This may be the item that got the whole idea going.
A few years ago I ran across this image and thought about recreating her skirt using a ribbon yarn. The sketch to the right is about 4 years old (I save my sketches, scan them, keep them in a database. Have I mentioned I’m a Virgo…?)
In keeping with the garment structure of the period, the Minoan Shrug, Surplice and Skirt will be based on rectangular shapes with interesting stitch/texture detail.
The shrug is finished, and now onto the sleeveless surplice. Hannah says that the finished shrug looks, “like moss!” and it does.
This is recycled silk, Dharma, from Mango Moon, and it’s a complex, rewarding fiber.
At times this yarn can be infuriating – but only when I let my pre-concieved notions of what silk SHOULD do interfere with what this raw silk wants to do.
When I allow the yarn to have it’s own way we’re both happier. This is a fiber with a strong personality – a living fiber – and like my independently minded friends, it requires a decent amount of respect, space and freedom to live up to it’s potential.
I used a very open lace pattern in the shrug (above) – a fun, geometric and easy to remember repeat. I hope it will be a nice contrast to a more tightly knit fabric for the surplice (swatch shown at right).
This rustic, fuzzy, shining yarn is a contradiction in every inch.
Enhancing the experience in ways that are so visually and tactilely (is that a word?) exciting are the Signature Needles I love. These needles make anything I knit seem more exciting. When the light streams in behind me and illuminates the work in my hands it’s pure delight. I’m afraid I’m getting carried away…
The skirt is still in the thinking-through phase. All I know at this point is that it will involve ruffles (although probably not as many as my 4-year old sketch), will be knit of ribbon, and will be fun to wear.
In graduate school (Rutgers, 1989-1992) I studied Costume & Set Design and spent MANY hours researching period clothing.
As I’ve mentioned before, one of the assignments we were given, a lesson in inspiration, was to use figures from “old master” paintings to recreate garments as modern-day runway fashion.
I’ve since learned that this great concept is a pretty common assignment in fashion design programs. The lesson has always stayed with me.
I firmly believe that fashion is not everyone’s friend. Fashion dictates a certain sleeve or skirt length, a bodice shape, a waist height, is what everyone SHOULD be wearing in a specific period.
But not all of us have figures that do well with an 1870’s long-waisted basque bodice, a wide shouldered 1940’s jacket or a 1960’s mini dress. Pity the poor short waisted woman in the 1930’s, or the flat-chested femme in the 1890’s.
Presently, we live in an exceptional time. No matter what your shape, your figure, your height or taste, you CAN find some garment that is flattering and in fashion. You can find a skirt length that suits your leg shape, a pair of pants that suit your hips and bum, a jacket length that emphasizes your good points.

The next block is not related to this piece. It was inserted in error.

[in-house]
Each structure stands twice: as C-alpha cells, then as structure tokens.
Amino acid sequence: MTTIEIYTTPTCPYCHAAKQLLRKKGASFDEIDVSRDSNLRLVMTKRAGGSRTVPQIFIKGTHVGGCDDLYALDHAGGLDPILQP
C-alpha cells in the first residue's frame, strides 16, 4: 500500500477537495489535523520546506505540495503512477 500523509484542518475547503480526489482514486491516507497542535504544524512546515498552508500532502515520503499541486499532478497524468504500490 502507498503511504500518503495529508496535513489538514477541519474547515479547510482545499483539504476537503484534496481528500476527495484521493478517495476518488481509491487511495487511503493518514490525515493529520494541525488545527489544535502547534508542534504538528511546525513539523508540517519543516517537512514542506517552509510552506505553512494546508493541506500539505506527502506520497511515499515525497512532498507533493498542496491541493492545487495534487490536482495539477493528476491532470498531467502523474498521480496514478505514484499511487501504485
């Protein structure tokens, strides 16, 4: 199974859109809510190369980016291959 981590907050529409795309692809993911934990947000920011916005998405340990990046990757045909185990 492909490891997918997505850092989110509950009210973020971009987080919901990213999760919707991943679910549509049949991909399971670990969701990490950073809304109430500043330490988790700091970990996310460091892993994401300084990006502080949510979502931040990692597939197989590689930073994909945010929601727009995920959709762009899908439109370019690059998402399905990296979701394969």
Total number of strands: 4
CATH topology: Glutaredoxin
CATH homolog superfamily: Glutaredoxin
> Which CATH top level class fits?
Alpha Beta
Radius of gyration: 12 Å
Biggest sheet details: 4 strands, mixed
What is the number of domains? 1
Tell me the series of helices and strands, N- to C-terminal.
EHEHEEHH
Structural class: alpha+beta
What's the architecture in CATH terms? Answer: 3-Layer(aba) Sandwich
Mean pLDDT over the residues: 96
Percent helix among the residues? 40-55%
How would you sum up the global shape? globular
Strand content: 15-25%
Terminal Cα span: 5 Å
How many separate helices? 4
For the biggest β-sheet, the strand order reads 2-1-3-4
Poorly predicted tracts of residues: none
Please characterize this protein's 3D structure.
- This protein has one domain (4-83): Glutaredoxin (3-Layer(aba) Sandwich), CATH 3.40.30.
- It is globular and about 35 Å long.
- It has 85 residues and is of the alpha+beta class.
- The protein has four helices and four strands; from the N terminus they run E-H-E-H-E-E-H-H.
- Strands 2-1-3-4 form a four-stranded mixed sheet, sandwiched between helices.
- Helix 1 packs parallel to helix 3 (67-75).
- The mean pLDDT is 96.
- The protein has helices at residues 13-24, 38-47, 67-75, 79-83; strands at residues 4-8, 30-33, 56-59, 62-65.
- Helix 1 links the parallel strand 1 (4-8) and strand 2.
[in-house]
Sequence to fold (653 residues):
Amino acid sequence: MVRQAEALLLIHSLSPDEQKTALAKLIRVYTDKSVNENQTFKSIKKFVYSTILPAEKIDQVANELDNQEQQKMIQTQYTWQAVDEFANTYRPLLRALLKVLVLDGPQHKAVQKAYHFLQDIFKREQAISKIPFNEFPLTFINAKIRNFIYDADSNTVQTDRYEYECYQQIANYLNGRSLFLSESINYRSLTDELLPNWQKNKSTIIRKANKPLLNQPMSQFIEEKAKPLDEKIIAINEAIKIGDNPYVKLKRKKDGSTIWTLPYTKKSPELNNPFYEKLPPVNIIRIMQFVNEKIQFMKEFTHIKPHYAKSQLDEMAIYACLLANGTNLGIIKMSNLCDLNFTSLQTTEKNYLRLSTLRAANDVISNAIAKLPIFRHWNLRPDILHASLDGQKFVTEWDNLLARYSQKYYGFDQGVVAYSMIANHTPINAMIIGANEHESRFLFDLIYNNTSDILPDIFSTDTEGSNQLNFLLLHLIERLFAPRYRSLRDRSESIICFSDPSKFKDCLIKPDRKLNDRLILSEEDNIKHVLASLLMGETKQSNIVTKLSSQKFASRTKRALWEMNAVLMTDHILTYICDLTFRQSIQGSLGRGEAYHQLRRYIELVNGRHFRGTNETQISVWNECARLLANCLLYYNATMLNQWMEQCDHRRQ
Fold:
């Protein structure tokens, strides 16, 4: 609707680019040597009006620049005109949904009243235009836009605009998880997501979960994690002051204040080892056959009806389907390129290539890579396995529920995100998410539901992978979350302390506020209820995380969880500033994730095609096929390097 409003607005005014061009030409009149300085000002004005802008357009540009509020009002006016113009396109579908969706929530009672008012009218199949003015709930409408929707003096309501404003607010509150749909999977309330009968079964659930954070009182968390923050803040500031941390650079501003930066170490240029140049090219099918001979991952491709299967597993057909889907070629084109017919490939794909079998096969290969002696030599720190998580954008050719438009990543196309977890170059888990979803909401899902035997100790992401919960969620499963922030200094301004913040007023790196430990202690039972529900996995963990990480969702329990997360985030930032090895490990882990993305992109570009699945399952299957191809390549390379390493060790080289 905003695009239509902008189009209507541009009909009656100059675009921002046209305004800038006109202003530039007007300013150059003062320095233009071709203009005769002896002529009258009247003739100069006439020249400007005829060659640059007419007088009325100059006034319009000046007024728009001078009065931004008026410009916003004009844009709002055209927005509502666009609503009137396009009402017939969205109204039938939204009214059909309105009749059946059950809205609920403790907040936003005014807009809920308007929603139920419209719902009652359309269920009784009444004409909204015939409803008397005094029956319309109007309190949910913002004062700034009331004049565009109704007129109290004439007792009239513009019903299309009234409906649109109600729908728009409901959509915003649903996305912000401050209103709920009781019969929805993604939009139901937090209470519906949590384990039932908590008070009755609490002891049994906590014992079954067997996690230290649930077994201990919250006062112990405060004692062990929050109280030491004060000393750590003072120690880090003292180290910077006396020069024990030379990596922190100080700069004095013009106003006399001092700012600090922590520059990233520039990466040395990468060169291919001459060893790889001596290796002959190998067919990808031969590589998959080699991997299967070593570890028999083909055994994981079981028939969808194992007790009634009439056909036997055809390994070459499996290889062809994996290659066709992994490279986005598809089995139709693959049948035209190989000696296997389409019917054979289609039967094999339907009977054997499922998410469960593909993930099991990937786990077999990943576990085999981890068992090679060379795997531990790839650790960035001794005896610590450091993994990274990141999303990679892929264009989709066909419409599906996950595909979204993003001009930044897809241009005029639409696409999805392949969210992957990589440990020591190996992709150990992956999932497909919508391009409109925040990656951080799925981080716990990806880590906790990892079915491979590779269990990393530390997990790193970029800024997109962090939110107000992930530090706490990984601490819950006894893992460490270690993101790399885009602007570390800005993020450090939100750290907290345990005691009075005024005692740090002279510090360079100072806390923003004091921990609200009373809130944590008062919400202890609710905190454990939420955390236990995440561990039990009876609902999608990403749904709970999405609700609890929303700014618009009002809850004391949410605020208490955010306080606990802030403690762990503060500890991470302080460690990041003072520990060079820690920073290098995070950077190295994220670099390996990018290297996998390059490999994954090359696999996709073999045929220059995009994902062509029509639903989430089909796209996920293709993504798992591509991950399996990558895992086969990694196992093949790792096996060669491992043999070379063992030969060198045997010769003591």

We’ve never been in a situation like this, fashion wise, in all of history. Glory in it, folks!
Previously skirt lengths weren’t just set by designers, but by societal and even government-imposed rules. Wealthy folks & the nobility were permitted to show off. They could wear longer garments of richer fabrics created of more expensive dyes and precious jewels.
Poorer folks were prohibited by various sumptuary laws from dressing above their station. Laws like these were in place to keep social climbers from the merchant classes from outshining the governing noble class, the effect was to stratify society in a very personal way.
But now? Now anyone from any class can wear anything. The main criteria is, “Does this make me look good?” and “Does this make me feel happy?”
What a beautiful place to be!
My hope with History on Two Needles is that folks will see the patterns as a rethinking of accepted garment shapes. Perhaps the modern, western cut of a jacket isn’t terribly flattering for some folks, they may find that a kimono cut is more suited for their shape. So there will be a kimono shaped garment in the book. I hope that folks will continue to move outside of the book and look for shapes that flatter their bodies – shapes they may never have considered before!
The Minoan Snake Goddess pieces are going to be very simple shapes, rectangular pieces that are attached in ways that will allow them to drape over the body, not fitted, looser. By contrast, the Tudor inspired garments in the book will be fitted – tighter – and gauge will be a greater concern.
It’s a fascinating way to think about designing, I’m hoping it creates a very wide range of styles that set some minds flying with possibilities!